The Anglo-French hostilities were ended in 1763 by the Treaty of Paris, which involved a complex series of land exchanges, the most important being France's cession to Spain of Louisiana, and to Great Britain the rest of New France except for the islands of St. Pierre and Miquelon. Faced with the choice of regaining either New France or its Caribbean island colonies of Guadeloupe and Martinique, France chose the latter to retain these lucrative sources of sugar, writing off New France as an unproductive, costly territory. France also returned Menorca to the British. Spain lost control of Florida to Great Britain, but it received from the French the Île d'Orléans and all of the former French holdings west of the Mississippi River. The exchanges suited the British as well, as their own Caribbean islands already supplied ample sugar, and, with the acquisition of New France and Florida, they now controlled all of North America east of the Mississippi.
In India, the British retained the Northern Circars, but returned all the French trading ports. The treaty, however, required that the fortifications of these settlements be destroyed and never rebuilt, while only minimal garrisons could be maintained there, thus rendering them worthless as military bases. Combined with the loss of France's ally in Bengal and the defection of Hyderabad to the British as a result of the war, this effectively brought French power in India to an end, making way for British hegemony and eventual control of the subcontinent. France's navy was crippled by the war. Only after an ambitious rebuilding program in combination with Spain was France again able to challenge Britain's command of the sea.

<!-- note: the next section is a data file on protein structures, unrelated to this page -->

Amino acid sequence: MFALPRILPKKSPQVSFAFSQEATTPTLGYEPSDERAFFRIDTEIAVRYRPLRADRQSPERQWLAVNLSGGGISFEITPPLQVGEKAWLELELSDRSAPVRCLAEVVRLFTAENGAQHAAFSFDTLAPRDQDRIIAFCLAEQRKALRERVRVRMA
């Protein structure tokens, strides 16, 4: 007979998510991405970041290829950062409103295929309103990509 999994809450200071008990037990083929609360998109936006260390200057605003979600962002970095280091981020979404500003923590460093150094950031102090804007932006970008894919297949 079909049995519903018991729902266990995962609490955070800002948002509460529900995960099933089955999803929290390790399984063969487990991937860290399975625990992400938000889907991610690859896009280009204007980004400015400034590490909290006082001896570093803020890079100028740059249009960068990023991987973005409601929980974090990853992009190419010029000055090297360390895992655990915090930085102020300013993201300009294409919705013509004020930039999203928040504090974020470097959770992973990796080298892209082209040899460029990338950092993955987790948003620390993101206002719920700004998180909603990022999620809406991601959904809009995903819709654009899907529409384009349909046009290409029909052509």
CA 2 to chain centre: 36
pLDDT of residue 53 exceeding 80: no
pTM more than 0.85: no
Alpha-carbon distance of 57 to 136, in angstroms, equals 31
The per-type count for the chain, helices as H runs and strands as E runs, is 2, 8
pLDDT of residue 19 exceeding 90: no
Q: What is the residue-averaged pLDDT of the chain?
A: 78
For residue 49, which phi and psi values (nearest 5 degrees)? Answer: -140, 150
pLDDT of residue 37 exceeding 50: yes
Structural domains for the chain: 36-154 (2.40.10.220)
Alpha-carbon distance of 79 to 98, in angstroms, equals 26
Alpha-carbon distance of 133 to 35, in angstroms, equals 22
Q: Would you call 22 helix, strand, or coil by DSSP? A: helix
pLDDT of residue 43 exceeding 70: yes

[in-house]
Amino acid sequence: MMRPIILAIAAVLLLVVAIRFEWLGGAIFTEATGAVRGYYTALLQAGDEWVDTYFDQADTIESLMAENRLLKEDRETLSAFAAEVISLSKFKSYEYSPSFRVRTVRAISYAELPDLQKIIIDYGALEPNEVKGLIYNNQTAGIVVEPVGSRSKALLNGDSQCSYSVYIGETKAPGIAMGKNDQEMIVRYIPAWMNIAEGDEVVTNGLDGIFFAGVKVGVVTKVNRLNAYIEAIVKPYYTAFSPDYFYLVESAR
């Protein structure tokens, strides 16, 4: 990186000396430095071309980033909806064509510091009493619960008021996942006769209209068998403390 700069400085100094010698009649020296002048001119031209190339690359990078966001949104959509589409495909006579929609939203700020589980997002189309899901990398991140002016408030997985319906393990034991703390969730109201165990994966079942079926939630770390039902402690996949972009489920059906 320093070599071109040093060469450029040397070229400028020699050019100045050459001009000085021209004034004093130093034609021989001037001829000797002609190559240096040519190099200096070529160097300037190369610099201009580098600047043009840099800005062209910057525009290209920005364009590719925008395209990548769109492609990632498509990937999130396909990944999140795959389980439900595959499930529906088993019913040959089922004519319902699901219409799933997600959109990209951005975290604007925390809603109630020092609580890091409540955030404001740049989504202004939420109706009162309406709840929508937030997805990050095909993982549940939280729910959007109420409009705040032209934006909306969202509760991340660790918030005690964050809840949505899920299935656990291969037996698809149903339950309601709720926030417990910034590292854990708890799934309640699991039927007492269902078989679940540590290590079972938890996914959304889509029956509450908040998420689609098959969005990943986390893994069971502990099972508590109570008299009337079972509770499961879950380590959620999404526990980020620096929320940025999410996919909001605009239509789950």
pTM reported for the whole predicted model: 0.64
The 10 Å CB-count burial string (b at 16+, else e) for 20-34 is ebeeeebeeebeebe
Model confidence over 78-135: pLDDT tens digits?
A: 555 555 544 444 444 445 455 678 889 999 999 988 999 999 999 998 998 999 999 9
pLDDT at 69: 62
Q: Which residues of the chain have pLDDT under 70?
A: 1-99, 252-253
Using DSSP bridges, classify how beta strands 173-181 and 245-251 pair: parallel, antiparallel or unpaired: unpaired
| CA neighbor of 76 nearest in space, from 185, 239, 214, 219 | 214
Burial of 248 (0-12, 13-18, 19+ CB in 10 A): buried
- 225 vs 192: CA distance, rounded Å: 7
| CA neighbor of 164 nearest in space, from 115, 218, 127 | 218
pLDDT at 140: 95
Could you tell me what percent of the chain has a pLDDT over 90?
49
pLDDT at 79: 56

Bute's settlement with France was mild compared with what Pitt's would have been.